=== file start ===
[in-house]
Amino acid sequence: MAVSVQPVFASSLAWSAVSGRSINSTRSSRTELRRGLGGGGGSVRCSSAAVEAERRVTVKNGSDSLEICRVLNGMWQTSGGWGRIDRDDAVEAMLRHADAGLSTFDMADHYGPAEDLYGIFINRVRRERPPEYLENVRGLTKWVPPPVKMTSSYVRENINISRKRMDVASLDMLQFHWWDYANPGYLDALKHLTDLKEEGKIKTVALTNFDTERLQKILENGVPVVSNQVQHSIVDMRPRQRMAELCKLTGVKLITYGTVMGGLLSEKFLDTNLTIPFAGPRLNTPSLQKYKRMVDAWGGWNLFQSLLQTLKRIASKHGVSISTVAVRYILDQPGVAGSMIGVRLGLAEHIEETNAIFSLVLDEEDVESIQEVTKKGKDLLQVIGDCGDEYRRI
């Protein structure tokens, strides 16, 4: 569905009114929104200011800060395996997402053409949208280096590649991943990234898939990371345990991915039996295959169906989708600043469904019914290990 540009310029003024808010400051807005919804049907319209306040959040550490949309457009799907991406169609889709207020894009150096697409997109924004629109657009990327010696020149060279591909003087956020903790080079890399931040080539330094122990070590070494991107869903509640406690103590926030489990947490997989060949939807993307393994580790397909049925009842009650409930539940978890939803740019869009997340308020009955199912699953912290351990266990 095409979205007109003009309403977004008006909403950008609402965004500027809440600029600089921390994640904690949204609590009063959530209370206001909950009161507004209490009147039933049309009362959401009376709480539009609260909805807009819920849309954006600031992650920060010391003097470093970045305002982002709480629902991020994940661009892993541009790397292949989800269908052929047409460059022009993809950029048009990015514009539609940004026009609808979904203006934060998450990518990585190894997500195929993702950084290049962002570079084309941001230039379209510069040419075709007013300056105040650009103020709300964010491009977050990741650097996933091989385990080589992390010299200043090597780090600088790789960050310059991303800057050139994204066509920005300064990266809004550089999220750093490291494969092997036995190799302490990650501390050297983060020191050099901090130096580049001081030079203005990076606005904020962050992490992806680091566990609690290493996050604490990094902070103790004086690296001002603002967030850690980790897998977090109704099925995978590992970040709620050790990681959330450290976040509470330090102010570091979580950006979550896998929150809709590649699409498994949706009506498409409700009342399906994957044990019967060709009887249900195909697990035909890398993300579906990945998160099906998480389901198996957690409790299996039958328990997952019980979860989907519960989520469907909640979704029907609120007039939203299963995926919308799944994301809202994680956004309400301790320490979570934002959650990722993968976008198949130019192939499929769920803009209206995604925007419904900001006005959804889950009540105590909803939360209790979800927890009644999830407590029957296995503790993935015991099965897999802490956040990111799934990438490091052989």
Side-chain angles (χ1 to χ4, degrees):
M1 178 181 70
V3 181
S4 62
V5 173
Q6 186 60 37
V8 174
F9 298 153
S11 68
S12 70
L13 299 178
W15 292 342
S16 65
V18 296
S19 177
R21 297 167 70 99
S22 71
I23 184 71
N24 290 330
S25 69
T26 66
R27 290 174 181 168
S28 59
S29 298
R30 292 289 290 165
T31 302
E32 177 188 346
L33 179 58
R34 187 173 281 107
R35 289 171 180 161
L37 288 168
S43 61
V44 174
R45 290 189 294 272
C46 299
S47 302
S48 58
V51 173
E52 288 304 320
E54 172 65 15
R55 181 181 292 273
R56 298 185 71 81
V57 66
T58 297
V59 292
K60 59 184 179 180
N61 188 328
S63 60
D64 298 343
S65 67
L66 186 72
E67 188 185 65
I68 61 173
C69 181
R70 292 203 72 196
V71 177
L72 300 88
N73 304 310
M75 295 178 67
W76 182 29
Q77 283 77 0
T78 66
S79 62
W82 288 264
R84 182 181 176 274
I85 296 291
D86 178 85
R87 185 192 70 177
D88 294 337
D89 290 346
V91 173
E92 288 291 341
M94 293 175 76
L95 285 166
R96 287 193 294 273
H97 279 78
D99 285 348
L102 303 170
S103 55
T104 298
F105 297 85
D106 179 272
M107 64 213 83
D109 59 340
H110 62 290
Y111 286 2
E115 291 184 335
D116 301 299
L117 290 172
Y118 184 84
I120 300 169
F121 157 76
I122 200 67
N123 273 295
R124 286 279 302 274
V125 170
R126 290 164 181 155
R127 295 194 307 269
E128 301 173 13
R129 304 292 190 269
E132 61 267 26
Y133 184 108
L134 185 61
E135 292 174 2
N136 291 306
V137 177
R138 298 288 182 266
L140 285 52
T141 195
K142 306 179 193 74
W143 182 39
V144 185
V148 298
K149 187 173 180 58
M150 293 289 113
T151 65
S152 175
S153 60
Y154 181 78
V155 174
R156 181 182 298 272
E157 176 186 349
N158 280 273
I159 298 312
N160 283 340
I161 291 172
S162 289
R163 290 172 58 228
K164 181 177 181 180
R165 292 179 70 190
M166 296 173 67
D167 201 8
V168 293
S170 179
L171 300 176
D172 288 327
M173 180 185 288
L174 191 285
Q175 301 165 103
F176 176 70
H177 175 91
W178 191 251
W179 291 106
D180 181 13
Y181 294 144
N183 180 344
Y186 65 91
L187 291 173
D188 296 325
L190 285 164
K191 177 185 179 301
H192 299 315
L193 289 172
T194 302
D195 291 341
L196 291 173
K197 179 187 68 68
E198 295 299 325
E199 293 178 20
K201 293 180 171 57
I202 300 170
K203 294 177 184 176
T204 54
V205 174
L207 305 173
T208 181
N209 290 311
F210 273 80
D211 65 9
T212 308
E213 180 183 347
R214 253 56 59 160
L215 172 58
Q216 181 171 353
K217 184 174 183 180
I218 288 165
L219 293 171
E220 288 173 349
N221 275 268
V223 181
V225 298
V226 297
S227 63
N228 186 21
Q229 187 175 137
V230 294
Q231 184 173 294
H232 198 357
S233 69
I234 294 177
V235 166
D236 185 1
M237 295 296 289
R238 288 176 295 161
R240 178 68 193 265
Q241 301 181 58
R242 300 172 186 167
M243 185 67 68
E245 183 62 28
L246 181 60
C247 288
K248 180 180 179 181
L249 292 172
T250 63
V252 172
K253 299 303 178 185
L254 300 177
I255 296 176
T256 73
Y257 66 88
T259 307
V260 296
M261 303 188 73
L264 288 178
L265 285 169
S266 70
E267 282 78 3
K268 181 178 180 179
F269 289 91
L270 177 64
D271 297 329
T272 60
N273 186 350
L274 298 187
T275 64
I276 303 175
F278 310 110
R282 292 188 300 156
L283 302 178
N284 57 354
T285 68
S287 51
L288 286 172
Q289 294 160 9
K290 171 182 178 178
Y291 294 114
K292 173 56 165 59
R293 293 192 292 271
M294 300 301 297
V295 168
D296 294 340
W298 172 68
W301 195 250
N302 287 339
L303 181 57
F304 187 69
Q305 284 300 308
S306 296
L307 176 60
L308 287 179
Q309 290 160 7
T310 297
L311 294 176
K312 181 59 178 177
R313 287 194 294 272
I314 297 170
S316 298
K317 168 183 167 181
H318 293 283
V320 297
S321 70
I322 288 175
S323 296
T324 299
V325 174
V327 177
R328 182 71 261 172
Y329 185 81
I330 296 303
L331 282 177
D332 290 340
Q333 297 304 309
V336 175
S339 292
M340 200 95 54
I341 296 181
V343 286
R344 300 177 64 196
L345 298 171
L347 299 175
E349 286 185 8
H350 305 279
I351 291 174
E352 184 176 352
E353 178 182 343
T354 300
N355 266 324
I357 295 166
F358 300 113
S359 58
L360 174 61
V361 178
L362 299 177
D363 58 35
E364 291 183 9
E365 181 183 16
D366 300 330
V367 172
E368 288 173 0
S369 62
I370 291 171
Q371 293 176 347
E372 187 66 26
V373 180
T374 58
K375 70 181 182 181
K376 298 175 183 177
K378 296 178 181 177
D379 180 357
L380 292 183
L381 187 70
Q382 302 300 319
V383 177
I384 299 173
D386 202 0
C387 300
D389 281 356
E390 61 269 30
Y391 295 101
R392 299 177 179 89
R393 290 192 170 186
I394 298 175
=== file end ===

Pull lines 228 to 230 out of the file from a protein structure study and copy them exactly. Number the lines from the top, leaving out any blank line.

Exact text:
T275 64
I276 303 175
F278 310 110